The simultaneous shutdown of the federal government and expiration of the farm bill wasn’t welcome news for the northeast Colorado agriculture industry, already enduring record flooding this month and rains that have delayed harvest.
Lawmakers’ failure to avert a shutdown of the federal government last week has temporarily closed Farm Service Agency offices, among many others, leaving some flood-impacted farmers and ranchers waiting for financial assistance to clean up or repair their damaged fields and pastures, according to Weld County, Colo., FSA Director Jeff Wilson.
“It’s just been one thing after another lately,” said Wilson, who, on furlough and unable to work at the office Tuesday, was volunteering to help with repairs at flooded homes in Greeley.
“We’d love to be helping more, but there’s not much we can do right now,” Wilson added, noting that many land owners want to repair their fields soon, before winter weather rolls into the region.
Wilson said with FSA offices closed until further notice, farm payments can’t be made to farmers and ranchers, which, in October, include Conservation Reserve Program annual rental payments for land owners on ground they’ve taken out of production (to help reduce soil erosion and enhance water supplies and quality), as well as Direct and Counter-Cyclical Program payments.
But his biggest concern right now, Wilson said, is for those with fields impacted by the floods.
Farmers and ranchers with damaged or debris-filled property could be eligible for financial assistance to help with their recoveries, through the federal government’s disaster loan options, or Emergency Conservation Program.
The bulk of those programs, though, require consulting with the FSA office before doing repairs, and Wilson said this week he isn’t sure how soon he and his colleagues will be back in the office to help land owners get started.
Farm bill failures add to frustration
While the federal government shutdown has limited implementation of existing programs, the future of farm policy and programs remains a mystery, since lawmakers were unable to pass a new five-year farm bill before an extension of the old one expired last week.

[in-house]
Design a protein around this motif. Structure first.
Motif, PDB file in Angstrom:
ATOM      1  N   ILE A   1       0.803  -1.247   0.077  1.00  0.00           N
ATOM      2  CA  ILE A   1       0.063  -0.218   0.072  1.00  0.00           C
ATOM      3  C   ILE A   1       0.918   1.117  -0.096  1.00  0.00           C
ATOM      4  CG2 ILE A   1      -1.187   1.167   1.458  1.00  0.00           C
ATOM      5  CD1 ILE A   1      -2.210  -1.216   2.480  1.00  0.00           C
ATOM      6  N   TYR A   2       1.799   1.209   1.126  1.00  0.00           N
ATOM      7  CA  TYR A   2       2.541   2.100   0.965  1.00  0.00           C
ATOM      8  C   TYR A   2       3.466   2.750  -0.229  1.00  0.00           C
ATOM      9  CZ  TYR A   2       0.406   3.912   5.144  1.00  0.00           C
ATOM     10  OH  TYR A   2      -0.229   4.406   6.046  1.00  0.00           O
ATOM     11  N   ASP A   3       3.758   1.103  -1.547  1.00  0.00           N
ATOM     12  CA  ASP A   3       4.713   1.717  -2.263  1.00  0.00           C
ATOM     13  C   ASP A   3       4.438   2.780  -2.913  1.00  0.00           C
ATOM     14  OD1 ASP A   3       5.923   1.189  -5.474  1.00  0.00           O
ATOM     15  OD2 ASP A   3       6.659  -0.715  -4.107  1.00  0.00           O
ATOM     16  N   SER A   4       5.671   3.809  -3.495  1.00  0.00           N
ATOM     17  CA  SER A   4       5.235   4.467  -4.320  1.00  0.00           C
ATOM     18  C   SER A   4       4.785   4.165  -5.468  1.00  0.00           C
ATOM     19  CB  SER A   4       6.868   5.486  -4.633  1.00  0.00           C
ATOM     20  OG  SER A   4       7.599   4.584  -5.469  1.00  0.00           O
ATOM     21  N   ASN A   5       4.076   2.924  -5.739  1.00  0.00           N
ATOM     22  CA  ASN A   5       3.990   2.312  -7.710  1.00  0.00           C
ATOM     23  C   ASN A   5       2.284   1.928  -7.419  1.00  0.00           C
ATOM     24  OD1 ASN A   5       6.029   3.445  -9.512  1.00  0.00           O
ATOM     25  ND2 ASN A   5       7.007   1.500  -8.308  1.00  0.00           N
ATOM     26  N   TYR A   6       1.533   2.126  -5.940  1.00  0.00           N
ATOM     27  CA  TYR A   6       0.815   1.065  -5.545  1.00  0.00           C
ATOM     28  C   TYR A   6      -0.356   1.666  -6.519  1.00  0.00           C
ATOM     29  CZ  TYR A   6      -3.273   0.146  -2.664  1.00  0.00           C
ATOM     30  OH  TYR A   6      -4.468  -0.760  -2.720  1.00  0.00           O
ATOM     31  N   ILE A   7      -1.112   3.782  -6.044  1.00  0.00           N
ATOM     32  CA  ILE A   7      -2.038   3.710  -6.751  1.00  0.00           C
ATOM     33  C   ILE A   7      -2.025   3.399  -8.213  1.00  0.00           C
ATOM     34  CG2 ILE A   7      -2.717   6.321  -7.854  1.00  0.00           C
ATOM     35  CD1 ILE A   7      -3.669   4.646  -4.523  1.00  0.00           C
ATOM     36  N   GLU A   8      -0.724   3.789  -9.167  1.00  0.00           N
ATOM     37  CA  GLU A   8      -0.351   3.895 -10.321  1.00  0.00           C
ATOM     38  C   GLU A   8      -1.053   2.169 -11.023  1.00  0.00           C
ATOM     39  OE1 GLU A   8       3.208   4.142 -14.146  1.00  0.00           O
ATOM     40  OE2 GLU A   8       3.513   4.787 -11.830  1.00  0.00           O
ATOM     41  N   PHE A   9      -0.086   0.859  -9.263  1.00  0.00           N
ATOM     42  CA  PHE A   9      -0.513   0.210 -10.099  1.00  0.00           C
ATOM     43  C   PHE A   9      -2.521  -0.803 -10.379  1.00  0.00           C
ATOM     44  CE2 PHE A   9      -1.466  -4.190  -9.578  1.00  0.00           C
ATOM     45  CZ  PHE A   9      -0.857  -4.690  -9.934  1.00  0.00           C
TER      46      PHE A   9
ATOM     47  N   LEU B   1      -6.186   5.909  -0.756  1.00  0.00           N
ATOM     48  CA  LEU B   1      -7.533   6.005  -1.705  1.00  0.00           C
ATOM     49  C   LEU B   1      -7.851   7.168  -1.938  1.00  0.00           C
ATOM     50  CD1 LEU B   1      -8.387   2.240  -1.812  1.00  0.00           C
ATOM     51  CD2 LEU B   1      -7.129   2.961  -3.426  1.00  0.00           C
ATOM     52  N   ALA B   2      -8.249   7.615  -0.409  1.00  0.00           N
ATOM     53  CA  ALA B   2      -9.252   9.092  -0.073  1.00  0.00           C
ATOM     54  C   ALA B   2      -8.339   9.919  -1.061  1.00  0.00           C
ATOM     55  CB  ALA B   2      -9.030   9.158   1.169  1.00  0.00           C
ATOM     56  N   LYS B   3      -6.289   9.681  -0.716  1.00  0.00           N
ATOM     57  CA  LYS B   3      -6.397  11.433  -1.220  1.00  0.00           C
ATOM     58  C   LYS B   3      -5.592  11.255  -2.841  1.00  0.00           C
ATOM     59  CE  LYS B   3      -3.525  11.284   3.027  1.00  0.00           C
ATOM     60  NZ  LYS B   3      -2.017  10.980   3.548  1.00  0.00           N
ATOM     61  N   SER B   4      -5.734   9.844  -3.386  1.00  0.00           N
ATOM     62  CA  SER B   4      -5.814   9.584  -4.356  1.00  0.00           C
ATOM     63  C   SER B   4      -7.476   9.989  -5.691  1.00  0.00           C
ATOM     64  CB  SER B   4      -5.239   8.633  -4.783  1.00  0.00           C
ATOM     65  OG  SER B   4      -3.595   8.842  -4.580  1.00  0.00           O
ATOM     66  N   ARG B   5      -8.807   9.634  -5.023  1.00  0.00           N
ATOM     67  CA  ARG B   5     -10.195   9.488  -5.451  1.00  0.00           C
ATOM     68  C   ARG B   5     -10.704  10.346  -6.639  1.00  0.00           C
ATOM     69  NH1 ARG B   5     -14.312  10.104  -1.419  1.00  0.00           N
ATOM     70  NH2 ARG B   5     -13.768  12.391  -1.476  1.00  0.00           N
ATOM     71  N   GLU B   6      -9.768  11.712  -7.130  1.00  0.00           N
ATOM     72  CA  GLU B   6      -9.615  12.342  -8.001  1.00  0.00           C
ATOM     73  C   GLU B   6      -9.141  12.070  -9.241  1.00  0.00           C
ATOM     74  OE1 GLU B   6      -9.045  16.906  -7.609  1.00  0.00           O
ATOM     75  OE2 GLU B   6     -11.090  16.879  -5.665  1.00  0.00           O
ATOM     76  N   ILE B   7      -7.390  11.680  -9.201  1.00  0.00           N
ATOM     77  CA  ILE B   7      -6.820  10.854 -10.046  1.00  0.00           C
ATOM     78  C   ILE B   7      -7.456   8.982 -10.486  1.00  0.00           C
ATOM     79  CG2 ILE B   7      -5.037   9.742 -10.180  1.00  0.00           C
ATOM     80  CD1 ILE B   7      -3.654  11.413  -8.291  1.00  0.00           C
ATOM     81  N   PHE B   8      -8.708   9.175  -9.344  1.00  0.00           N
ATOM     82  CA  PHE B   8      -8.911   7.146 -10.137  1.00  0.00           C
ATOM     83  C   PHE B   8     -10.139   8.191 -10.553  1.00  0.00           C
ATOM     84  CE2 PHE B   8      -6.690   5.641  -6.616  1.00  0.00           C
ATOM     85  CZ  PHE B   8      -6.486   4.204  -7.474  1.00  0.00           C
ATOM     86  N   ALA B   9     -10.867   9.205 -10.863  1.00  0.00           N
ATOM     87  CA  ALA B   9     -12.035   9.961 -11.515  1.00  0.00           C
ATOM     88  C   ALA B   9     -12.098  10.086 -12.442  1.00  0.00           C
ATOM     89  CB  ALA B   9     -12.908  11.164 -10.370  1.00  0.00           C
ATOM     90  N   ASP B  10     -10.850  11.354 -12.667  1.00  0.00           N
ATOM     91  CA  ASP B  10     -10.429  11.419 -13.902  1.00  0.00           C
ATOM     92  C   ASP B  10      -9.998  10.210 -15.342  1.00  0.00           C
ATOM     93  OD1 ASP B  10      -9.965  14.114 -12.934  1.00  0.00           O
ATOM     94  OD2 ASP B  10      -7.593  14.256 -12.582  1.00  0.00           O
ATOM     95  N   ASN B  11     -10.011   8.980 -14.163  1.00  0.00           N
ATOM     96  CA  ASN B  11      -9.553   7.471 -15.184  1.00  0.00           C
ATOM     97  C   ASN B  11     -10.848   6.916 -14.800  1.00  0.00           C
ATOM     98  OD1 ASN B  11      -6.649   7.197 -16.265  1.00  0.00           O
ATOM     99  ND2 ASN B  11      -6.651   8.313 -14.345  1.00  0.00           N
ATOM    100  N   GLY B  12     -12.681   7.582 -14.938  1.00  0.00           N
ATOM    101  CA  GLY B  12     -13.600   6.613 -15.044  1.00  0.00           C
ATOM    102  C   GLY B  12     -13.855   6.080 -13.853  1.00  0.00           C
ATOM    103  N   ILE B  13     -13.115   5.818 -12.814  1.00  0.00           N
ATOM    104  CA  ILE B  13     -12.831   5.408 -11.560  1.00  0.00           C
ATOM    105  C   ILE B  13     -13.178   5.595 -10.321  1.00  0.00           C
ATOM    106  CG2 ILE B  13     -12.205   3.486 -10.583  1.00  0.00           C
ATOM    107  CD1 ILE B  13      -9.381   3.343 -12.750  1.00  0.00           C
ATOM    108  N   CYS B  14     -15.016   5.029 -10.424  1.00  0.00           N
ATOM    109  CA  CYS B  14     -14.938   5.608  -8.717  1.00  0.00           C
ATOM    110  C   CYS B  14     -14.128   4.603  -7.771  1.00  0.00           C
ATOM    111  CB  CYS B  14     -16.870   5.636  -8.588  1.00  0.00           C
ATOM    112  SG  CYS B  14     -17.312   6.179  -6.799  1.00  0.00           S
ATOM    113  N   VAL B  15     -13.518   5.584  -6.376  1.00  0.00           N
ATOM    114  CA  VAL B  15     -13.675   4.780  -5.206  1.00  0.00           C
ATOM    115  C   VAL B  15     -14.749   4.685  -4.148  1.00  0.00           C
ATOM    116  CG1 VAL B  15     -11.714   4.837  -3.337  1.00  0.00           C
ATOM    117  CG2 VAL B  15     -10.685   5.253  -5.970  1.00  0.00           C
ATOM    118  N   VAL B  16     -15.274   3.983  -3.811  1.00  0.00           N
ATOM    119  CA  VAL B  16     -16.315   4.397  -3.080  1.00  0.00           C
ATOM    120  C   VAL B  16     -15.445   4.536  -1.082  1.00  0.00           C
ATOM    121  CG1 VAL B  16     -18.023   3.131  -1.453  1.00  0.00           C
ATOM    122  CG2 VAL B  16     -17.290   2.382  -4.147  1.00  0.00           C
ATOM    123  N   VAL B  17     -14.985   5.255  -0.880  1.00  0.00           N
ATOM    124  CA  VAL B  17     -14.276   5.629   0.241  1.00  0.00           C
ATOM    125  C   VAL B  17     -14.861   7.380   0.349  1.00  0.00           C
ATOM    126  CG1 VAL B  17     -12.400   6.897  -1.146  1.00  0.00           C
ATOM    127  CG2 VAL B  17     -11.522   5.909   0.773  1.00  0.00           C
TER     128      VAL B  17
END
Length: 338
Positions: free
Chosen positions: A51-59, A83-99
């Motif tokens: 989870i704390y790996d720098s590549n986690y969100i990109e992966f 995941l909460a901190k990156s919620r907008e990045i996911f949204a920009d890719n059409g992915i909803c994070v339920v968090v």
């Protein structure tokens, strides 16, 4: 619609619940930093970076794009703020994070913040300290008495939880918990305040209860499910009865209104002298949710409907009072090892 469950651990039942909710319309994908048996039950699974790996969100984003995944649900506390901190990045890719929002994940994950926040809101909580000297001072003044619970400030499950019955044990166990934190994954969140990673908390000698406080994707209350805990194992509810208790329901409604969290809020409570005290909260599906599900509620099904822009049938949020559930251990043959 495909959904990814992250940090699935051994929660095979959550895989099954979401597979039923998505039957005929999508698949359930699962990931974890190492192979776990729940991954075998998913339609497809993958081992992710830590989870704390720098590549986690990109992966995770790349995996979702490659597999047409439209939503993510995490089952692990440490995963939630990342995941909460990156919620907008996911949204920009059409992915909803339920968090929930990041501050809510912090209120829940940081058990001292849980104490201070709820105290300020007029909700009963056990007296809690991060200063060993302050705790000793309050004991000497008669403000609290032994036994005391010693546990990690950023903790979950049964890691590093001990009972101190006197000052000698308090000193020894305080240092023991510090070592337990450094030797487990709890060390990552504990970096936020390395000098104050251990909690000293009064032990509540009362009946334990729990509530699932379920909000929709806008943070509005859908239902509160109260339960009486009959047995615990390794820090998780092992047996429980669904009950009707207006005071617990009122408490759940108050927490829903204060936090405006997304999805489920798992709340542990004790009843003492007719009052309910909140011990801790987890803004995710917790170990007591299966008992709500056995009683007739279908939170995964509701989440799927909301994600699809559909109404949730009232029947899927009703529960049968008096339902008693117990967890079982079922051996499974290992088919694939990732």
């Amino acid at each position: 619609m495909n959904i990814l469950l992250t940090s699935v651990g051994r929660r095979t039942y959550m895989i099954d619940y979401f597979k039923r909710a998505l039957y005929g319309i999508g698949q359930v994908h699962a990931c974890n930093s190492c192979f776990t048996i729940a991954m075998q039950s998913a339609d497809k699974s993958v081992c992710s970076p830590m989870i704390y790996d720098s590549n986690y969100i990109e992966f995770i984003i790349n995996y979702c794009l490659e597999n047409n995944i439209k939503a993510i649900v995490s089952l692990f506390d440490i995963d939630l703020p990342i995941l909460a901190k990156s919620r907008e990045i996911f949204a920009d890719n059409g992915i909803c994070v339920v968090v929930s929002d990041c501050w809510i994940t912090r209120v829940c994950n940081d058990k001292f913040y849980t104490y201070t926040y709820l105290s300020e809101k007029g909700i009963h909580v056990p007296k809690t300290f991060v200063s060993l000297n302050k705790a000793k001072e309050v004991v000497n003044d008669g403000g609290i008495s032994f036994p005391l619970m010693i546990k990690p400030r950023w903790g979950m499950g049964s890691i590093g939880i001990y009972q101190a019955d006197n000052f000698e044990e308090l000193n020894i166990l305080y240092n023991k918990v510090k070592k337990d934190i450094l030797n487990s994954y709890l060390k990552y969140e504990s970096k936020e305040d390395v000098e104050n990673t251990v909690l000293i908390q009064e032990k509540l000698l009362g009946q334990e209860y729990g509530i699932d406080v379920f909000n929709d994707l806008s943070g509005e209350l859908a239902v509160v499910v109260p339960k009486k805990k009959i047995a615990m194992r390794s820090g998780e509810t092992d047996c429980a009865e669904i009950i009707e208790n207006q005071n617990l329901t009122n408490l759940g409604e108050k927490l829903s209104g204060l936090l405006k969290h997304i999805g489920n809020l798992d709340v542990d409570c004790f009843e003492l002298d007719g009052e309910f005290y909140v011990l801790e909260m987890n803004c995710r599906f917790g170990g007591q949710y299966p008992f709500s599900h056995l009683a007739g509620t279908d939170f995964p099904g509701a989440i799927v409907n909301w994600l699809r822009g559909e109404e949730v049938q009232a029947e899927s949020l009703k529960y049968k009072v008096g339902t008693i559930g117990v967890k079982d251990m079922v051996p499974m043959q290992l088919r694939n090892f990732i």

Both the House and Senate have passed versions of new farm bill legislation, but haven’t hashed out the differences between the two in a conference committee.
Last week marked the third time during the past year lawmakers have missed a deadline to pass new farm legislation.
“There’s too many depressing things going on. ... I can’t even begin to think about politicians right now,” said a chuckling but frustrated Dave Petrocco with Petrocco Farm in Brighton, Colo.
Petrocco said about 110 acres of onions and cabbage were destroyed in fields that flooded, after losing other crops to hail storms in August. Altogether, he said he’s lost nearly 30 percent of his crops this year, and there isn’t insurance available for many of the specialty crops he grows, or it’s too expensive in some cases.
One of Petrocco’s fields is still covered with sand and debris, and he’ll explore all options of finding financial assistance — maybe looking into the federal government’s Emergency Conservation Program, he said — to help with the cleanup efforts.
But, like many others, he’ll have to wait until the federal government employees go back to work before he can consult with needed FSA personnel.
It’s also frustrating to Petrocco that farm bill progress is still going nowhere, since both the House and Senate versions of the farm bills make strong investments into programs for specialty crops — like the crops Petrocco grows.
The longer the farm bill talks drag out, the longer he’ll have to wait for those programs to go into effect.
Across the board, farmers say it’s vital to understand what kind of programs and safety nets will be available to them when they decide what to plant each year.
Local producers say they don’t want lawmakers to pass another farm bill extension, like they did in January, after initially letting the 2008 farm bill expire on Sept. 30, 2012.
They say much has changed for the agriculture industry since the existing farm bill was passed five years ago, and stress that many of its programs are out-of-date — like the dairy safety net that reacts to drops in milk prices but doesn’t take into account the extreme increases in dairymen’s feed costs in recent years.
In some cases, they say, the 2008 farm bill’s programs give agriculture “a black eye” — such as the Direct Payment subsidies, which farmers say are no longer needed with today’s historically high commodity prices that make farming more profitable than it was in the past. ❖